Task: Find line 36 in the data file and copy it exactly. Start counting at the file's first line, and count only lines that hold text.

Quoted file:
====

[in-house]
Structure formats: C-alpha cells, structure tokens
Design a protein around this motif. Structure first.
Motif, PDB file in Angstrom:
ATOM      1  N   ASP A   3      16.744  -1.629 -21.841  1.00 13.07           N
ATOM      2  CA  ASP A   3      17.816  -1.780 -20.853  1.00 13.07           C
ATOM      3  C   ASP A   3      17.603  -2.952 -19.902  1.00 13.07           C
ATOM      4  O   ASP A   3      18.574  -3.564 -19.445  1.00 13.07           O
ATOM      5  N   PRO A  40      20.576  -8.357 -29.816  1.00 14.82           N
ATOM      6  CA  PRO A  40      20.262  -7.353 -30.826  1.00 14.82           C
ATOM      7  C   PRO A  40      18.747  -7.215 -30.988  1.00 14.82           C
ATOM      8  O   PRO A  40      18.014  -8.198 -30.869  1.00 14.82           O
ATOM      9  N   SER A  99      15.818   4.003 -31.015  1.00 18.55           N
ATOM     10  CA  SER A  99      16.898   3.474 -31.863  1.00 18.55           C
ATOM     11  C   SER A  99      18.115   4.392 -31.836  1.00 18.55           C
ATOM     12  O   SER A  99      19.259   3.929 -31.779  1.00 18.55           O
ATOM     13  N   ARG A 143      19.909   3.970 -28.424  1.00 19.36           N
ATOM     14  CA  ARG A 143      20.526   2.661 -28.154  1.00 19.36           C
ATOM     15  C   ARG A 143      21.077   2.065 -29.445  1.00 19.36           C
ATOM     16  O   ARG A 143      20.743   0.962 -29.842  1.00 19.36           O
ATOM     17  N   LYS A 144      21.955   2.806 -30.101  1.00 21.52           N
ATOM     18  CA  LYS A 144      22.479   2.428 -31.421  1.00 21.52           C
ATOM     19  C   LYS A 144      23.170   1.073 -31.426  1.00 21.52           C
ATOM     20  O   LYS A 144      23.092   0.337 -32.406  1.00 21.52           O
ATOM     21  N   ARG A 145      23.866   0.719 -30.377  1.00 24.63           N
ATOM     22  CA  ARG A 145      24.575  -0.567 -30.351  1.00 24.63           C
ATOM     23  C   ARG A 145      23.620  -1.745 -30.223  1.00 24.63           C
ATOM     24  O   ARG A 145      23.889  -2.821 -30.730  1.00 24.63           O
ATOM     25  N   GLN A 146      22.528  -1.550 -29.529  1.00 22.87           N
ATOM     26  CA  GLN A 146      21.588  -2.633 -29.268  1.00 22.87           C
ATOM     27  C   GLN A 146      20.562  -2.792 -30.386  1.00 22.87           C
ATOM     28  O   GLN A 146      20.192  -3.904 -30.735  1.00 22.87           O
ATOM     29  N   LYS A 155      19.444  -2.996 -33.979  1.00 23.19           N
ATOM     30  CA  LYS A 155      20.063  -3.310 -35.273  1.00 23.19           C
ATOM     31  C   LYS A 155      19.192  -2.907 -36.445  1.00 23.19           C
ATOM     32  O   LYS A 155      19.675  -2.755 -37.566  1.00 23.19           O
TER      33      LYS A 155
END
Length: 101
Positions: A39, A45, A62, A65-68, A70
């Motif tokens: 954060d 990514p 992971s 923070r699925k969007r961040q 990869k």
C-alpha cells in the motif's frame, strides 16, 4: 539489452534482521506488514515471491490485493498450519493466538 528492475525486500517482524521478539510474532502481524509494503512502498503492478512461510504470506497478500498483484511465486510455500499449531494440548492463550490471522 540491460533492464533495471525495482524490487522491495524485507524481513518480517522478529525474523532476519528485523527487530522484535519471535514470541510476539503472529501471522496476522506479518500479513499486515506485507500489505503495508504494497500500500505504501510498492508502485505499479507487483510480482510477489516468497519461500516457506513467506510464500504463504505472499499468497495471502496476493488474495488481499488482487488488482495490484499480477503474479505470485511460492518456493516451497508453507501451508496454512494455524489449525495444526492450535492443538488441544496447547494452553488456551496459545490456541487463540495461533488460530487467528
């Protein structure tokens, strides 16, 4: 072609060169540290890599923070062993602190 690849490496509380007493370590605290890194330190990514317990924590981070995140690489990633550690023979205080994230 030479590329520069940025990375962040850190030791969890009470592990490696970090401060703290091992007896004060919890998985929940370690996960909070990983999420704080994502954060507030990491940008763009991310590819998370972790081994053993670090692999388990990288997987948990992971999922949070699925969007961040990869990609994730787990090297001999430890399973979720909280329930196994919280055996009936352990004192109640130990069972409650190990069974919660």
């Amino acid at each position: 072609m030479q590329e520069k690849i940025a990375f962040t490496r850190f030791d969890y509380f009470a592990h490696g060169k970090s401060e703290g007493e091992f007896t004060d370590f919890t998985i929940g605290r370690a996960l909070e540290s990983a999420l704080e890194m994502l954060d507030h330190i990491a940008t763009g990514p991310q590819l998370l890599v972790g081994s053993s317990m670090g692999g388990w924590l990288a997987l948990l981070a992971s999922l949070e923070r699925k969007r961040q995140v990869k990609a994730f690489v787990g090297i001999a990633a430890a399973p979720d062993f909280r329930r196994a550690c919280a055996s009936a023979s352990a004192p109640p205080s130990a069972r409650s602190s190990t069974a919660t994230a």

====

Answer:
ATOM     32  O   LYS A 155      19.675  -2.755 -37.566  1.00 23.19           O